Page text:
Formerly homeless Montreal man sings for improved treatment of city's most vulnerable
MONTREAL -- Robert Ambroise is fed up.
The Montreal musician knows first hand how difficult life on the streets is, and also knows how poorly the homeless are treated in the city.
The death of his friend Raphael Andre brought into focus just how hard it has been for the homeless during the COVID-19 pandemic, and he wrote an angry response in song.
"Where's their low-income housing?" Ambroise asks in the song.
Ambroise is fed up with what he sees as a lack of compassion and lack of resources to help the most vulnerable people.
"It's not their choice that they're homeless," he said. "They didn't wake up and say I'm going to be homeless. It just happened to them."
Ambroise's story illustrates his point.
In the early 2000s, he had a nice home with his family and operated a renovation company that won a Consumer's Choice nod.
He was then injured, however, and went through a messy divorce that left him broke and unemployed.
"It was hard so because you can't afford your apartment anymore," he said. "You become homeless. I couldn't find a place to live in Montreal."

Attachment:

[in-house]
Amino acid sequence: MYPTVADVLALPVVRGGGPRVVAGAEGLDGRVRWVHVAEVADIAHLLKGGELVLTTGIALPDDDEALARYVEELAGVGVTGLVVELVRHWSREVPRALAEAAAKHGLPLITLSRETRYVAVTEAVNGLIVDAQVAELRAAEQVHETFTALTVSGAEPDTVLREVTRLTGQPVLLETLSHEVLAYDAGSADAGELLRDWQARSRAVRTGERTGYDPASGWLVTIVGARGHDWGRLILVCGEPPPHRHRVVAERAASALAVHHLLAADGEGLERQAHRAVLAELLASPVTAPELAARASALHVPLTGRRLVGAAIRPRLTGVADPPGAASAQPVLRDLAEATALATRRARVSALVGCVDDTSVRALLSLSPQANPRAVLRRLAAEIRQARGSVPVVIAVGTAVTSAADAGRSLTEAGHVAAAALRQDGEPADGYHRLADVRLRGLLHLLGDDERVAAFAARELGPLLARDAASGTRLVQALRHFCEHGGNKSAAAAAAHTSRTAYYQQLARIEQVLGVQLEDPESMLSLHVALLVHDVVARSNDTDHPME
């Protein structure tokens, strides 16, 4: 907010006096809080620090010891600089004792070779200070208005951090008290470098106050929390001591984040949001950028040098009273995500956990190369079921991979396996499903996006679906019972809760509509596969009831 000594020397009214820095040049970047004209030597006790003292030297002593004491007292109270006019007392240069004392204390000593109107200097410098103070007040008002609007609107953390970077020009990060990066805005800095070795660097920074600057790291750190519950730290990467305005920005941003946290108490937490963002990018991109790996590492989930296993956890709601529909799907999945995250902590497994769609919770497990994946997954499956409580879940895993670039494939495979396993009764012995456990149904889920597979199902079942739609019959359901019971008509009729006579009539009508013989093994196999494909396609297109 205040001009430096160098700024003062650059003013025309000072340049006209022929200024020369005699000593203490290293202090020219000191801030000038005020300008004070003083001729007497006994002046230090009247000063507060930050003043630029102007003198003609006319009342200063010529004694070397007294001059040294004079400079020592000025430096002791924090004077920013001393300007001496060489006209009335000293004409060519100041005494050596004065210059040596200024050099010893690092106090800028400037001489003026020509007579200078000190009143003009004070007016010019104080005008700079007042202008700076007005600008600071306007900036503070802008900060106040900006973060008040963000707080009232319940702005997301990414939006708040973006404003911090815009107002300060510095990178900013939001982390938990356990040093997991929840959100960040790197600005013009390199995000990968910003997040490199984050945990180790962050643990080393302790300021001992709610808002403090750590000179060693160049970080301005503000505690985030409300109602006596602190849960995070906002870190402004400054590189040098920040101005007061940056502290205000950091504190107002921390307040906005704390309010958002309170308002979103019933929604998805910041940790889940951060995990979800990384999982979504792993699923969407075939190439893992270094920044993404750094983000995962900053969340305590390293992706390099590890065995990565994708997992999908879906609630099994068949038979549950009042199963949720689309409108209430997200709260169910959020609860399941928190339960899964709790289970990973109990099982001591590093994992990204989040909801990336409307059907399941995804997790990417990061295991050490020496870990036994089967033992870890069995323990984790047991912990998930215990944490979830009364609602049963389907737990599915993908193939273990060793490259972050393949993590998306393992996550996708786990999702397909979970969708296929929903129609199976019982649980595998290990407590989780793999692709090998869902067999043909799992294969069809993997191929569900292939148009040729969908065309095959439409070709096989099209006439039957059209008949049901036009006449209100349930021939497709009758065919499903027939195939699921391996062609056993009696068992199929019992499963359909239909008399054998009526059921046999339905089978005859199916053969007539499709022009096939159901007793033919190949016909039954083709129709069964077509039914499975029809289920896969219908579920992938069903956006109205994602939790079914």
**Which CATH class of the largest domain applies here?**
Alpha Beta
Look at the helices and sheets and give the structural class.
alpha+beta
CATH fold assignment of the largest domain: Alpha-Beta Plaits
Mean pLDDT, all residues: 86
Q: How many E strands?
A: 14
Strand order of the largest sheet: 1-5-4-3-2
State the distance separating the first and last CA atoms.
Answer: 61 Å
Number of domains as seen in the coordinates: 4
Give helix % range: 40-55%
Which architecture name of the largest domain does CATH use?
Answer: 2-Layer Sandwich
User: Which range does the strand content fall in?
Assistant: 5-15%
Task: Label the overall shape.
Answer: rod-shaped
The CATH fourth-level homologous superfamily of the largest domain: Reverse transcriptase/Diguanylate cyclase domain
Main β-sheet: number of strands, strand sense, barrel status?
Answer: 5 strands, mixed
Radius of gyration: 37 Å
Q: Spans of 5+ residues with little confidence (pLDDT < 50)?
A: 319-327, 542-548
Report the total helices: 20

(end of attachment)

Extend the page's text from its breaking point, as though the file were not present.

Ambroise started sleeping along the shore in Verdun, but when winter came, he had to go to a shelter.
He said it felt like rock-bottom.
"When you get in there after registration, then you have to go take a shower immediately," he said. "That means you're naked in front of about 20 people in these shower stalls."
He was embarrassed but knew he had nowhere else to go.
"That first night there, I couldn't even tolerate it," said Ambroise. "I broke down and I cried. I couldn't believe that this was happening to me. I'm in shock."
While living in shelters, Ambroise met many people who were down-and-out, some who were completely broken.
To stay sane, he took pictures of anything that caught his eye and looked at them every night.
"It cheered me up," he said. "At the same time, I accumulated almost 500 pictures."
One day, a light went off, and he decided to change things.
"I got fed up, and just being around all those people every day, in the shelter, when I got my welfare check I said I'm going out the door," he said. "I'm going to find myself a room and some place to live, and I did exactly that."
For the past five years, he's had a roof over his head but he's far from easy street.
With the help of food banks, he gets by.
Sadly, many do not find a way out.
People like his friend Raphael Andre, whose body was found in a portable toilet because there were no beds at the Open Door Shelter.
"He wouldn't have frozen to death in a porta-potty," said Ambroise. "That's one degrading way to die. I just couldn't imagine his last hours... He was probably your best friend if you were homeless. He would probably give you his own shirt to help you out."
Ambroise has now taken to YouTube imploring the government to make affordable housing possible for everybody.
The people you pass on the street, he said, deserve to live with dignity.